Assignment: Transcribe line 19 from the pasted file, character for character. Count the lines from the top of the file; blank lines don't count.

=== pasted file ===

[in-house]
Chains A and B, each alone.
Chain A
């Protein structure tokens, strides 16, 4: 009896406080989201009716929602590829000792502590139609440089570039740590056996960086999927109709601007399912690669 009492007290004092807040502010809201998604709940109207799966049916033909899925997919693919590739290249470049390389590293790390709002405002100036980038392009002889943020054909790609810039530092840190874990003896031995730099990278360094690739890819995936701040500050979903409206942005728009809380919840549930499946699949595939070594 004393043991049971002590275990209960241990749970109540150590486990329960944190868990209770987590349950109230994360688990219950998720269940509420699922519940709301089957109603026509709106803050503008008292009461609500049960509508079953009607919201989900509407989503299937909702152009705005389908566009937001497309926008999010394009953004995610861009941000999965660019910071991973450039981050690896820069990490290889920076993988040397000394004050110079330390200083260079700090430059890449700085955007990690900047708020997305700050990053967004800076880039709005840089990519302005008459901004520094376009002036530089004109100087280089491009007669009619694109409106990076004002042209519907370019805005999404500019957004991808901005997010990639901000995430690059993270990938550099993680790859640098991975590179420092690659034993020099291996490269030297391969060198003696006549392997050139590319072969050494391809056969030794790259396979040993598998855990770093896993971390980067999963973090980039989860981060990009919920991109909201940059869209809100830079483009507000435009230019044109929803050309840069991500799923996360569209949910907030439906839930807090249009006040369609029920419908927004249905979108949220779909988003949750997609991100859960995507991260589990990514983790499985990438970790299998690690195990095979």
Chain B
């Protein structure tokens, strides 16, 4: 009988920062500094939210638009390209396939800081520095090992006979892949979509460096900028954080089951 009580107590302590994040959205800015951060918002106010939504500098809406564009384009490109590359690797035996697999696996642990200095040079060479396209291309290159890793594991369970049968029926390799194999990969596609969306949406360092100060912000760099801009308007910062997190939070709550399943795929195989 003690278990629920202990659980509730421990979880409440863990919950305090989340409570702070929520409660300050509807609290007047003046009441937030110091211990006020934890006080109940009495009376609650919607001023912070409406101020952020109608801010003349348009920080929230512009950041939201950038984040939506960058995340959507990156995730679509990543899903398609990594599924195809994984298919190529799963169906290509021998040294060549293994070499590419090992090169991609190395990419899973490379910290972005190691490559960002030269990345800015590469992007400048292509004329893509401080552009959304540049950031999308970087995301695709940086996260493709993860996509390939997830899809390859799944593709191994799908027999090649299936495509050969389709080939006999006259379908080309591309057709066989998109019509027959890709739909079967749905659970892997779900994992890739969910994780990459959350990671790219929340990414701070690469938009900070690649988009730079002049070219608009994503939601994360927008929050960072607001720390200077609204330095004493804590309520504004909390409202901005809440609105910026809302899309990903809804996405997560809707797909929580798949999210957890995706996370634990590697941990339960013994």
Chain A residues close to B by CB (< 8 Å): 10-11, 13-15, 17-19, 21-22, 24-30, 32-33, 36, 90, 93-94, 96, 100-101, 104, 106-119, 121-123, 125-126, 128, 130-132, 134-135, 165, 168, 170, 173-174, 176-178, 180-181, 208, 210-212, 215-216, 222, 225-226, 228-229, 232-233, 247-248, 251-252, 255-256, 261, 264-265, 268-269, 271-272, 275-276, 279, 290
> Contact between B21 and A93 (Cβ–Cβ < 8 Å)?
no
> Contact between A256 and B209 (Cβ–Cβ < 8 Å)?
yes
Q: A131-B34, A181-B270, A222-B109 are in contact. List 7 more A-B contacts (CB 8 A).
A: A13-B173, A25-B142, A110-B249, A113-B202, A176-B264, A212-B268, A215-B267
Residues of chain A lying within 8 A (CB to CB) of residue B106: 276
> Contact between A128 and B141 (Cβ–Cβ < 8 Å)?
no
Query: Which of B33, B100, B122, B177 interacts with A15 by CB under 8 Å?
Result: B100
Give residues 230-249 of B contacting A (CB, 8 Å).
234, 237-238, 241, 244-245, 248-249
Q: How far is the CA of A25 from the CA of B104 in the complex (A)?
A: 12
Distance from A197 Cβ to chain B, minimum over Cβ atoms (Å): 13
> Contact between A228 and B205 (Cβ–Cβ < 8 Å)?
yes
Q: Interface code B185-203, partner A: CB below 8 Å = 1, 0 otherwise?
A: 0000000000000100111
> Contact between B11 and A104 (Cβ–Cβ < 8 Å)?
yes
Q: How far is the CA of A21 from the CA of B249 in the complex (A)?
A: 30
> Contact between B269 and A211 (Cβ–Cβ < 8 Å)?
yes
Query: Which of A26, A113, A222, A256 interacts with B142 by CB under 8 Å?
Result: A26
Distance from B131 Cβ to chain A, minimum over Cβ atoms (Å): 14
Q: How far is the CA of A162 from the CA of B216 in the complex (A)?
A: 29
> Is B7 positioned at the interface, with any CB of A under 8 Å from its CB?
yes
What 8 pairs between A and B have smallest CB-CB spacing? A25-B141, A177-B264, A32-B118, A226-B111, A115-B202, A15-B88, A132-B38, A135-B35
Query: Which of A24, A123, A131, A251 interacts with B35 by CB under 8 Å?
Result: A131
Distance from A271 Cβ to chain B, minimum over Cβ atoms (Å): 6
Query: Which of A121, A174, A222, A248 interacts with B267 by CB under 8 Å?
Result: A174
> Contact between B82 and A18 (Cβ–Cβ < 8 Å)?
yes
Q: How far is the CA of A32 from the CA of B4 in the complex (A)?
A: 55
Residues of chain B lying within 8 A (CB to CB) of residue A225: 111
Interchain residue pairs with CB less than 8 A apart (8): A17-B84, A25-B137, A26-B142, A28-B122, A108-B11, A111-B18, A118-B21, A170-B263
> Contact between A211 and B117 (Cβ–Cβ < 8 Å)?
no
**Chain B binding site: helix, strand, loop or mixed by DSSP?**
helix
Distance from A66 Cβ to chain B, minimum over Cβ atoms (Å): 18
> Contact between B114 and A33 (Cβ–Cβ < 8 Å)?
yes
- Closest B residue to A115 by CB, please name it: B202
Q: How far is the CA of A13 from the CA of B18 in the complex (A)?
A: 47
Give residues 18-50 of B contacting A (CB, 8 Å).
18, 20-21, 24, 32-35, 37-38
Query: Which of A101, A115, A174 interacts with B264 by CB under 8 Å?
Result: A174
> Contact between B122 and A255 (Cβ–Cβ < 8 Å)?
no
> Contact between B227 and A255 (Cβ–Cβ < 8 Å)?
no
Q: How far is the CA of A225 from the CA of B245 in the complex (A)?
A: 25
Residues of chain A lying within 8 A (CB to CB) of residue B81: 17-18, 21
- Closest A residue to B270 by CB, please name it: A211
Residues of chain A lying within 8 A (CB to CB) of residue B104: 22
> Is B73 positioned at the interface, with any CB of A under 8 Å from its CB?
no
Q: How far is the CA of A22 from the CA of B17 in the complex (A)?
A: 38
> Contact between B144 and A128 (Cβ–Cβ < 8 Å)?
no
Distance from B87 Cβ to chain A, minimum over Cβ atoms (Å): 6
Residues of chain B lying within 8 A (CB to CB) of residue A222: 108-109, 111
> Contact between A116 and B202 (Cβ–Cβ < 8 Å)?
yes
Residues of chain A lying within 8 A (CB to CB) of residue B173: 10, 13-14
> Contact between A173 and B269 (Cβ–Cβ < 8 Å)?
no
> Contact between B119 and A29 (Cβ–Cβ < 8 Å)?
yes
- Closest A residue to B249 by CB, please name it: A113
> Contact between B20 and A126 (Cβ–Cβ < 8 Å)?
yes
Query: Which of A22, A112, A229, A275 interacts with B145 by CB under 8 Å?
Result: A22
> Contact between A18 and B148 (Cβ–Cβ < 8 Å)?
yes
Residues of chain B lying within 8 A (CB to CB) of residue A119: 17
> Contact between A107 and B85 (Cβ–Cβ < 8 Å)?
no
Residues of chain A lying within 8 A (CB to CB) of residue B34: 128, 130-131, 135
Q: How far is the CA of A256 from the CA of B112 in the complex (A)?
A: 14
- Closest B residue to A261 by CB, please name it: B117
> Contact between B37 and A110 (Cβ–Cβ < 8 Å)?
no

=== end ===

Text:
Give residues 230-249 of B contacting A (CB, 8 Å).